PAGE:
Europe Day 2016: BAK Basel presents its study on the relevance of the Bilateral Agreements for Swiss companies

As part of Europe Day 2016, the University of Fribourg had the pleasure of welcoming Mr. Kai Gramke from the Swiss-based economic research firm BAK Basel Economics. The presentation was delivered in English to reflect its importance for those students currently following the Master in European Business programme.
Mr. Gramke is in charge of strategic project development at BAK Basel. He analyzes major global trends with the goal of increasing their relevance in politics and society, and was therefore able to distill the most pertinent points about the applicability of the bilateral agreements for Swiss companies during his interactive and engaging presentation.
In order to set the stage and give the necessary context for the presentation to follow, Mr. Gramke gave the audience a historical overview of the world economy, and its relation to the economic balance of power over time. He outlined the increasingly prominent role Asia is playing in the global economy, but also took the time to showcase how this actually represents Asia’s gradual return to power, a position they already occupied in the 1700s. He then spoke about the current risks the Swiss economy is facing in the short, medium and long term, and the increasing world-wide trend toward trade liberalisation. For example, he promoted the benefits of multilateral agreements over bilateral agreements between two parties. Incidentally, Switzerland is a world champion with respect to the number of free-trade agreements it has concluded. This lead to a discussion about the current set of bilateral agreements between Switzerland and the EU, which are now in a state of uncertainty given the recent vote in Switzerland on mass immigration. This risk is enhanced by the fact that at the same time, major free trade agreements, some on an inter-continental basis, are being negotiated between other countries. The TPP (the Trans-Pacific Partnership) concluded in February 2016, and the ongoing negotiations for the TTIP (the Transatlantic Trade and Investment partnership) between the USA and the EU are two of the most prominent examples.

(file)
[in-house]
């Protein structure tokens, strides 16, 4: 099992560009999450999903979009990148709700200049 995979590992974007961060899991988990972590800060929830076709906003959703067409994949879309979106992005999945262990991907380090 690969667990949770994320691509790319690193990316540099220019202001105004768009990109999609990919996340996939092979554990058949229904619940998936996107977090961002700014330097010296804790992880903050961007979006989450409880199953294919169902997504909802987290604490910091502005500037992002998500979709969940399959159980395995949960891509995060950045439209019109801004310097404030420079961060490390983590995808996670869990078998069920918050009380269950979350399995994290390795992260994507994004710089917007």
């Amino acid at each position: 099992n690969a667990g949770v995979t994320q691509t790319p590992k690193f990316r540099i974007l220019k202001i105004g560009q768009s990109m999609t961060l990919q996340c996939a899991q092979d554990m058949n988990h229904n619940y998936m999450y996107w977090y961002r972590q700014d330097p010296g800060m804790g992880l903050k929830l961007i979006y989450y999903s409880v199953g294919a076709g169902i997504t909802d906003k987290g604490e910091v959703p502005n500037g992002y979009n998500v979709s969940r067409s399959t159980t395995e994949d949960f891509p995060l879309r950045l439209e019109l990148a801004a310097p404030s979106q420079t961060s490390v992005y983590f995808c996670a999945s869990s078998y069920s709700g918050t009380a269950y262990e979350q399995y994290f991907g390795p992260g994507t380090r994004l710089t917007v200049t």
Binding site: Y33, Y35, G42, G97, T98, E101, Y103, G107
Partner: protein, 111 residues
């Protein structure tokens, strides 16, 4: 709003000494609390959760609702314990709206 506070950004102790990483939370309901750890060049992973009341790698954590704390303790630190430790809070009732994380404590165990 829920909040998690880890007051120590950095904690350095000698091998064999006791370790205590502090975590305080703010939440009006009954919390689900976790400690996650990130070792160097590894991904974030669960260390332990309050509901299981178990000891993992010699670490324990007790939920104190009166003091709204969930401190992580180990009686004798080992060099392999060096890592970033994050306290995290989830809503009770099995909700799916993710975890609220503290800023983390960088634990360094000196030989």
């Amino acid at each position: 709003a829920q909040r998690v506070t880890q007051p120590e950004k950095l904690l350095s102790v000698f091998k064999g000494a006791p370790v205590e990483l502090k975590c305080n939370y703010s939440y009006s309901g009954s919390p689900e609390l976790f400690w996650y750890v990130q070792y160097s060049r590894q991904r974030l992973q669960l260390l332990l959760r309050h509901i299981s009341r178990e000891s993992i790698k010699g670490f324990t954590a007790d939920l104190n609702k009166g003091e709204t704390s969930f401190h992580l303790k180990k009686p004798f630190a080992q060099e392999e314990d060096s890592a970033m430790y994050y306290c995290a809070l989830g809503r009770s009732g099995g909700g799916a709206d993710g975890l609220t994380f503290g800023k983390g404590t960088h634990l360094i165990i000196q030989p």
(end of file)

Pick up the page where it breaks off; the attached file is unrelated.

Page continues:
Kai Gramke pointing out the new intercontinental free trade agreements around the world

Mr. Gramke reinforced the idea that the seven bilateral agreements are bound as a group, and would therefore dissolve as a group if one of the agreements was cancelled. Should this happen, a previous set of agreements dating from the early 1970s (e.g. the free trade agreement with the EU) or even the 1950s (e.g. air travel) would take effect, but these agreements do not currently reflect the nature of how business has changed over the last 40 years. To give a concrete example, thousands of flights would need to be cancelled or rerouted because air travel was severely restricted and controlled under those agreements. This would have a huge impact on accessibility with a price tag of roughly CHF 117 billion to the Swiss economy. Obviously, these agreements would be partly open for re-negotiation, but this takes time and in the meantime creates enormous uncertainty. Furthermore, Mr. Gramke was able to predict the economic impact of scrapping the agreement on the free movement of persons, based on the BAK Basel scenario. The strongest effect would stem from the shortage of trained specialists, meaning lost immigration. He forecasts a shortage of 300,000 trained specialists, causing GDP to fall by more than CHF 250 billion. Further impacts would be felt in lost investment, lost research, and increases in trade barriers. According to his calculations, the total cost of cancelling the bilateral agreements to the Swiss economy is roughly CHF 630 billion (until 2035).

Mr. Gramke finished his presentation by emphasizing the consequences that changes to the bilateral agreements would have for Swiss businesses’ competitive position, and welcomed a series of thoughtful and engaging questions from faculty and students.

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Faculty of Economics and Social Sciences
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Phone: 00 41 (26) 300 8200
Fax: 00 41 (26) 300 9725

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